No Devotion - Permanence (Cover Artwork)
Staff Pick

No Devotion

Permanence (2015)

Collect Records

I've had quite some time to sit with this record. Lostprophets' members, in the wake of that Ian Watkins debacle, linking with Geoff Rickly? As a fan of the former Thursday frontman and his side projects, this intrigued me. More so given I really liked Start Something from Lostprophets and fanboy almost everything Rickly does. But both have put old ghosts to bed. That's no surprise if you've heard an inkling of what No Devotion had to offer when they announced their link-up. It's a drastic musical shift, mostly geared away from the rock arena and into more emo/synth-pop territory. Permanence isn't punk, at all. But it definitely hits some pertinent notes at just the right times.

Rickly really embodies a lot of the record. He's always stated his love for the likes of David Bowie, Robert Smith, Joy Division, Depeche Mode and New Order, among the few, and this is his love letter to them all. "Permanent Sunlight" feels like the band leads in a tribute to The Who before Rickly chimes in, flexing out (as Thursday fans would tell you) his much improved vocal range. So much of what No Devotion have to offer feel tailor-made for indie films like Paper Towns and this is a perfect example why. It's further evidenced on the slow-burning shoegaze of "Why Can't I Be With You?" -- very cheesy and heart-on-sleeve but that's exactly what they seem to be aiming for. It feels like everyone's channeling that '80s teen angst and it shows on the way each track takes on and feels like a character of its own. Each song feels like it's something dormant...gaining sentience. Given the roads the musicians walked before, I can certainly understand the need for this clean break and overall, a new canvas to paint on.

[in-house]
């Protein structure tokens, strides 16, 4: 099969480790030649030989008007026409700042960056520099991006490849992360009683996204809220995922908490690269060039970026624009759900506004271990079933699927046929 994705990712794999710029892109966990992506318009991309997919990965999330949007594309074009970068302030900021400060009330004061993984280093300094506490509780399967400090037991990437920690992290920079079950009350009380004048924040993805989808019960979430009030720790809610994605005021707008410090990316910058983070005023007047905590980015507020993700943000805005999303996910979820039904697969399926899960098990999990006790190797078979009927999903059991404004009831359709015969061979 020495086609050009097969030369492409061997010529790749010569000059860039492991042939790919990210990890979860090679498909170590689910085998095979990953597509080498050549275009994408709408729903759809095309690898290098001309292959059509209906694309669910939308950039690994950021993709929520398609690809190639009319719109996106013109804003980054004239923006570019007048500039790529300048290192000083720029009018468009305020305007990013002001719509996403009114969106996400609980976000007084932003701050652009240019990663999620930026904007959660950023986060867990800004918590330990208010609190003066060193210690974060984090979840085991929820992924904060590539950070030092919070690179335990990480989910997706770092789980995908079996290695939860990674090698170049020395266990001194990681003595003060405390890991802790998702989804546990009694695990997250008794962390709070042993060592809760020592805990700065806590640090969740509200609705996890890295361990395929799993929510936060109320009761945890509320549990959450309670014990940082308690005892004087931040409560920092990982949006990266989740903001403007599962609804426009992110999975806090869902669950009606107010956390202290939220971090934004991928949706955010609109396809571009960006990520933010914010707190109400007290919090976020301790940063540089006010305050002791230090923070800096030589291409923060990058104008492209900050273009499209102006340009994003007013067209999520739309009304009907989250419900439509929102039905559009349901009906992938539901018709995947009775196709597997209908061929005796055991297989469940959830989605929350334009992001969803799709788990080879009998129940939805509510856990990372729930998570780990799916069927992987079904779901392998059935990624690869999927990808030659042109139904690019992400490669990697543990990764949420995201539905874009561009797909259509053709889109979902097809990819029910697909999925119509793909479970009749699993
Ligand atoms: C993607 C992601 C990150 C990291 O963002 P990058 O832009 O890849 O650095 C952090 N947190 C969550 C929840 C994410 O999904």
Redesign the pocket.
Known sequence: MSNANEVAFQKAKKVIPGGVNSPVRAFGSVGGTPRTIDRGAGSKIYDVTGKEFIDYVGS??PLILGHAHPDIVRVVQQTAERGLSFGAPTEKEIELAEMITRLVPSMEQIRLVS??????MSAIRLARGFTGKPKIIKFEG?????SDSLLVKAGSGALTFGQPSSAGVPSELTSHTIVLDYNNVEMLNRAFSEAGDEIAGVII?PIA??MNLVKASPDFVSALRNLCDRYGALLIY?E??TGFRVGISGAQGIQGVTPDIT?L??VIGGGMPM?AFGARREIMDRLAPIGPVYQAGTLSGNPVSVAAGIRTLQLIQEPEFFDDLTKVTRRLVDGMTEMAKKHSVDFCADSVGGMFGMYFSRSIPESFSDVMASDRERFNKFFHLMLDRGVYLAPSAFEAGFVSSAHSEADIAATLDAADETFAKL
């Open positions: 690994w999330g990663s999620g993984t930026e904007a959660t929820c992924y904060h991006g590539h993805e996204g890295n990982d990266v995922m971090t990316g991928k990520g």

Fans of 30 Seconds To Mars are also paid service on "Stay" and "10,000 Summers". In fact, the musical beat and vocal drive from Rickly on the former comes off like "Maps" (Yeah Yeah Yeahs) at times, so maybe it's their way of waving to contemporaries also? It's notable that Thursday had a similar structure to their poppy songs in the past so Rickly does stay true to those kinds of musical templates (as heard on older Thursday songs such as "Running From The Rain", "Standing On The Edge..." and "This Side of Brightness"). No Devotion walk the catchy singalong paths here and do so in style, which again, if you remember how mainstream and commercial Lostprophets were at times, would come as no surprise. They've always been diverse, blurring those fine lines between a band that's made for Hollywood films and video games and something for indie-tours across Europe.

"Eyeshadow" and "Addition" are where things feel like Thursday's back, especially on the run where they shied away from their old post-hardcore/screamo sound and geared to a more experimental path. Darker and more sentimental. A lot of credit must be given to how separated this seems from Lostprophets and they really bring a new identity and brand to Permanence, like it or not. There's something for industrial fans, something for electronica fans, something for, well, everyone. Like I said, don't take the record too seriously. Just accept that it's made to drive to sunsets to knowing your parents are home waiting to kick your ass. Or driving at sunrise, knowing you've got work in an hour, at a place you hate. For this short time, Permanence transports you back to a younger place where you're free. Enjoying the ride. Not worrying about consequences for the time being.